In my own work with youth workers in Canterbury, after the Christchurch quake, metaphors not only of vessels and channels, but also of boundaries, were common in the stories of care, emotional labour, burnout and compassion fatigue I recorded.
Moore’s talk, I noted, included art by one psychologist who counselled survivors of Black Saturday and framed her art around experiences of “emotion oozing red and sad”. The ‘contagion’ model of emotion is heightened when it is extremely traumatic circumstances in question.
Sometimes keeping the channels, the windows, ‘open’ is experienced as dangerous, overwhelming, even when there appears to be a moral imperative to do so. Other times the desire to draw closer to disaster seems to overcome the distance that is safety. But all of these responses occur in situated local worlds – with their own history, their own geography, and their own socio-political contexts, as Recuber and Moore variously highlight.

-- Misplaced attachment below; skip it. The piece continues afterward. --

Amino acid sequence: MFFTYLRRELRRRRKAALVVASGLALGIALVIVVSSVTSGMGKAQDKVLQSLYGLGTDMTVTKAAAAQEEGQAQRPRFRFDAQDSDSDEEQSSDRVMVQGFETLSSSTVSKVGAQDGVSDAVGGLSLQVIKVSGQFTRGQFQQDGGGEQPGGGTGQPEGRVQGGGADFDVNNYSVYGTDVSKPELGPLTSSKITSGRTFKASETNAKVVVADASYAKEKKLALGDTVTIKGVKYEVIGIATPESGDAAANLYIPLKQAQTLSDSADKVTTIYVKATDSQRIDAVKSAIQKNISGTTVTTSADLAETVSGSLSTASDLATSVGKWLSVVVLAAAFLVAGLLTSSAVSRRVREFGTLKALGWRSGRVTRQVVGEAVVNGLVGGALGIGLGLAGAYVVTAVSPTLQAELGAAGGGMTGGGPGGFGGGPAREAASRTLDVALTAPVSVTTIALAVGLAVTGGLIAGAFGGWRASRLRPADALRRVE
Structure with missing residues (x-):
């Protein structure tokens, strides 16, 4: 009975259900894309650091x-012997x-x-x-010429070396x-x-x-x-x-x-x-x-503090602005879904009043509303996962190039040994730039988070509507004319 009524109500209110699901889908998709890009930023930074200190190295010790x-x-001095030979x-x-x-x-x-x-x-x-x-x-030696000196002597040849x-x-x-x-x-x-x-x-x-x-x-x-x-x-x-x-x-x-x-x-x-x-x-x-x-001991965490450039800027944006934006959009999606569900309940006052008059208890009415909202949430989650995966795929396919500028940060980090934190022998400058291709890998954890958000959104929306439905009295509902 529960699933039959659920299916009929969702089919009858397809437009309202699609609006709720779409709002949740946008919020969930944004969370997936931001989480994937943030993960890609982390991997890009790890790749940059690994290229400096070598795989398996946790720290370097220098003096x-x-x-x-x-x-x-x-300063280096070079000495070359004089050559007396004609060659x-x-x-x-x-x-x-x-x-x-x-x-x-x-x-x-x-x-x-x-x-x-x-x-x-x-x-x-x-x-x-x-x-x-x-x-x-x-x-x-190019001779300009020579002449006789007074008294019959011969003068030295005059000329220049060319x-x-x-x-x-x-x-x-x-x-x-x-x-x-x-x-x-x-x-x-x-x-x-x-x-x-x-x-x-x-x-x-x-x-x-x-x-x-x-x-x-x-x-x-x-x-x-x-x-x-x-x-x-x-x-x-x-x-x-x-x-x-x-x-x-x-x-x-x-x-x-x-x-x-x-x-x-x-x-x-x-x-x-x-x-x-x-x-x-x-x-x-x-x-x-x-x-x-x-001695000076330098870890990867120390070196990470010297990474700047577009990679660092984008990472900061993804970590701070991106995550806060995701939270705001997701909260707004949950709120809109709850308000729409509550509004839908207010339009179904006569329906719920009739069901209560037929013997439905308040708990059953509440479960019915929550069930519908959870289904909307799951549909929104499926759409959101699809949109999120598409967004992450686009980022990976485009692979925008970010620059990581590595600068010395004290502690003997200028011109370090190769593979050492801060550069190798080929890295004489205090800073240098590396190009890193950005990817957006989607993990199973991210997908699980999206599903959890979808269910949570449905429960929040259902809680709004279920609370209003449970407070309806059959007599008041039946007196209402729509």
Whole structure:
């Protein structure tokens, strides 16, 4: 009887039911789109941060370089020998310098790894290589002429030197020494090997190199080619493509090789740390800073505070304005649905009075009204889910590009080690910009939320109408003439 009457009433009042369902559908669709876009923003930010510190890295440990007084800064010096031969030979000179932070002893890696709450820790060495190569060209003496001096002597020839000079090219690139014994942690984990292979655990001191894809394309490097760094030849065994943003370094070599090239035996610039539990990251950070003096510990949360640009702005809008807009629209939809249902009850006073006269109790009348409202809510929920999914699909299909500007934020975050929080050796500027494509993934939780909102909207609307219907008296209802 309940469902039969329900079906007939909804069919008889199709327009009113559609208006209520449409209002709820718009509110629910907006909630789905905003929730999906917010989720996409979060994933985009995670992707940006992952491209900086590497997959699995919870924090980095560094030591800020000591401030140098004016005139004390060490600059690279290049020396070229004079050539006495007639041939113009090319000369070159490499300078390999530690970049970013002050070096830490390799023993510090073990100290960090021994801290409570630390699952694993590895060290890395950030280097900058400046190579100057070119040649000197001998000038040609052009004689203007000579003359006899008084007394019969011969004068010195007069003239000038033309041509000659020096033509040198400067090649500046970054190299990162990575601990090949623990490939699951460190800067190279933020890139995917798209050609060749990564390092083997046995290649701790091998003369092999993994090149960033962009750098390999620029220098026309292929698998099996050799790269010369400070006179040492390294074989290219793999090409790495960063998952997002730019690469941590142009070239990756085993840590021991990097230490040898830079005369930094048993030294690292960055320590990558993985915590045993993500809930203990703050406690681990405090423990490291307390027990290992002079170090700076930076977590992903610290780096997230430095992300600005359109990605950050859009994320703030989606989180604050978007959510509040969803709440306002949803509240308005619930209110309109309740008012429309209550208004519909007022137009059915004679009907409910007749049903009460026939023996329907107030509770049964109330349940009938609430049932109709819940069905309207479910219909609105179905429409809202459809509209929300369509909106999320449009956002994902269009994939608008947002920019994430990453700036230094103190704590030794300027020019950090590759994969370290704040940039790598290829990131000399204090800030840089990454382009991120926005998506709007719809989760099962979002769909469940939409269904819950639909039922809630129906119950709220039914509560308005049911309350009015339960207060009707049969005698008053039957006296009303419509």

In emphasising context and comparison, the anthropological lens has value here too. I am eager to see more work that ‘grounds’ disaster, and the communicative practices it generates, in this way.
Written by: Dr Susan Wardell
[ii] Wardell, S., 2018. Living in the Tension: Care, Selfhood, and Wellbeing Among Faith-based Youth Workers. Carolina Academic Press.
[iii] Magry, P. & Sanchez-Carretero, C. (2007) ‘Memorializing Traumatic Death’, Anthropology Today, 23(3): 1–2.